[Preliminary concept of the bill on protecting personal genetic data, on genetic research, on genetic test, screening, and on the biobanks]

SÁNDOR Judit, KOSZTOLÁNYI György, FALUS ANDRÁS

Lege Artis Medicinae

[ANTICOAGULATION AND THROMBOEMBOLIC DISEASES - INDICATIONS, PROBLEMS AND PRACTICAL ASPECTS]

SAS Géza

[The widespread application of the LMW heparins promoted the prevention and therapy of the thromboembolic diseases in Hungary. Their propagation is mainly due to their simple clinical application and the active promotion of the producing pharmaceutical companies. However, the recommended “unnecessary” (in the reality the lack of) laboratory control may cause severe complications (bleeding, thromboembolism etc.) sometimes especially at the therapeutic application. For this reason, unfractionated (UF) heparin is advised in case of acute deep vein thrombosis when a patient is in the particular danger of bleeding because of its better controllability and the opportunity to stop anticoagulation immediately. In recent years, the indication of the long-term anticoagulation therapy expanded significantly. The number of patients is ever growing who need continuous anticoagulation because of atrial fibrillation or venous thromboembolic episode taken place earlier. Large randomised multicenter trials proved the efficacy of prolonged coumarin therapy in the prevention of recurrence of thromboembolic episodes in these diseases. Due to its advantageous pharmacological characteristics warfarin is especially suitable for the attainment of continuous anticoagulation. The direct thrombin inhibitor melagatran (and its orally applicable form, ximelagatran) may open a new era in the prophylaxis and therapy of the thromboembolic diseases. Its advantageous pharmacological characteristics and its simple application may make them to the antithrombotics of the future in case of a reasonable price and/or subsidisation.]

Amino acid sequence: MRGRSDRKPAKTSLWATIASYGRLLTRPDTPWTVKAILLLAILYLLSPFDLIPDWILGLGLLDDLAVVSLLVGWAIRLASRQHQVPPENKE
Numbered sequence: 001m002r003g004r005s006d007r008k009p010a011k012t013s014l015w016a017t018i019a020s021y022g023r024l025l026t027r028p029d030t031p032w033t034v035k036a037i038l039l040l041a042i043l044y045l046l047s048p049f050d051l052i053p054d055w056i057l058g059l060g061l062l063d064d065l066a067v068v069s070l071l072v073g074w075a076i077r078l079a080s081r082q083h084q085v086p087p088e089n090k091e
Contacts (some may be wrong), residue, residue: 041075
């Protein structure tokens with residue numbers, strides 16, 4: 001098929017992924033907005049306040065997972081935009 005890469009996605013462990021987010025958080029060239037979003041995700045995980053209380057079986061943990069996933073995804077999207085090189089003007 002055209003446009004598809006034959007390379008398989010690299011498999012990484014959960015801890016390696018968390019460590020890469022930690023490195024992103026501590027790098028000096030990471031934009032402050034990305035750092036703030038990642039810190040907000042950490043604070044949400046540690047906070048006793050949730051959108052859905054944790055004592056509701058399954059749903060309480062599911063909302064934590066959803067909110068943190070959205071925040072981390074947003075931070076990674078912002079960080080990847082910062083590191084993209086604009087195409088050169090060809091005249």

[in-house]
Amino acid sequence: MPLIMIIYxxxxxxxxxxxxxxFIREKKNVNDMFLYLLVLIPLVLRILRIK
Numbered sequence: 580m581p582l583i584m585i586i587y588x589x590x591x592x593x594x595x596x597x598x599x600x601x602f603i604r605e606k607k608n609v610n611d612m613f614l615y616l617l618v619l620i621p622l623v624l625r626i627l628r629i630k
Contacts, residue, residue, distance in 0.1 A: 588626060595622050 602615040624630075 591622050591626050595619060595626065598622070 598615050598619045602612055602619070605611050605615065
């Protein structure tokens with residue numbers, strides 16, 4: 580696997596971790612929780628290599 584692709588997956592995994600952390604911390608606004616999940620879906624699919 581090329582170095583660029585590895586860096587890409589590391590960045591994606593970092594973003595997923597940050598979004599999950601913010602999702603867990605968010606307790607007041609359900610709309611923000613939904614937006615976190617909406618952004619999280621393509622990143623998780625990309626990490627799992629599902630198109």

Lege Artis Medicinae

[THE IMPORTANCE OF HYPERTENSION IN CEREBROVASCULAR DISEASES]

SZAPÁRY László

[Stroke is a highly prevalent disorder worldwide; it is the third main cause of death and the leading cause of severe disability. Recent data showed that 72-86% of cerebrovascular disorders are of ischaemic type. Arterial hypertension is the most prevalent risk factor for both haemorrhagic and ischaemic stroke, it is present in approximately 70% of cases. All forms of hypertension, isolated systolic or diastolic and combined hypertension increase stroke risk about 3-4 times and the relationship with systolic blood pressure may even be stronger than with diastolic blood pressure. Hypertension is very common after acute stroke. In this phase the cerebral autoregulation is disturbed in the region of focal brain ischaemia or haemorrhage such that cerebral blood flow is directly dependent on systemic blood pressure. It is therefore essential to avoid systemic hypotension in acute stroke patients and the reduction of high blood pressure may lower cerebral blood flow in the ischemic penumbra. Evidence from clinical data shows that control of blood pressure leads to lower risk of first or reccurent stroke and patients have shown beneficial effects especially of ACE inhibitors and diuretics. In the PROGRESS study both hypertensive and non-hypertensive cerebrovascular patients benefited from antihypertensive therapy. Previous results suggests that there may be additional beneficial effects of the ACEinhibitor therapy not related to blood pressure lowering in the prevention of stroke.]

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Clinical Neuroscience

[What happens to vertiginous population after emission from the Emergency Department?]

MAIHOUB Stefani, MOLNÁR András, CSIKÓS András, KANIZSAI Péter, TAMÁS László, SZIRMAI Ágnes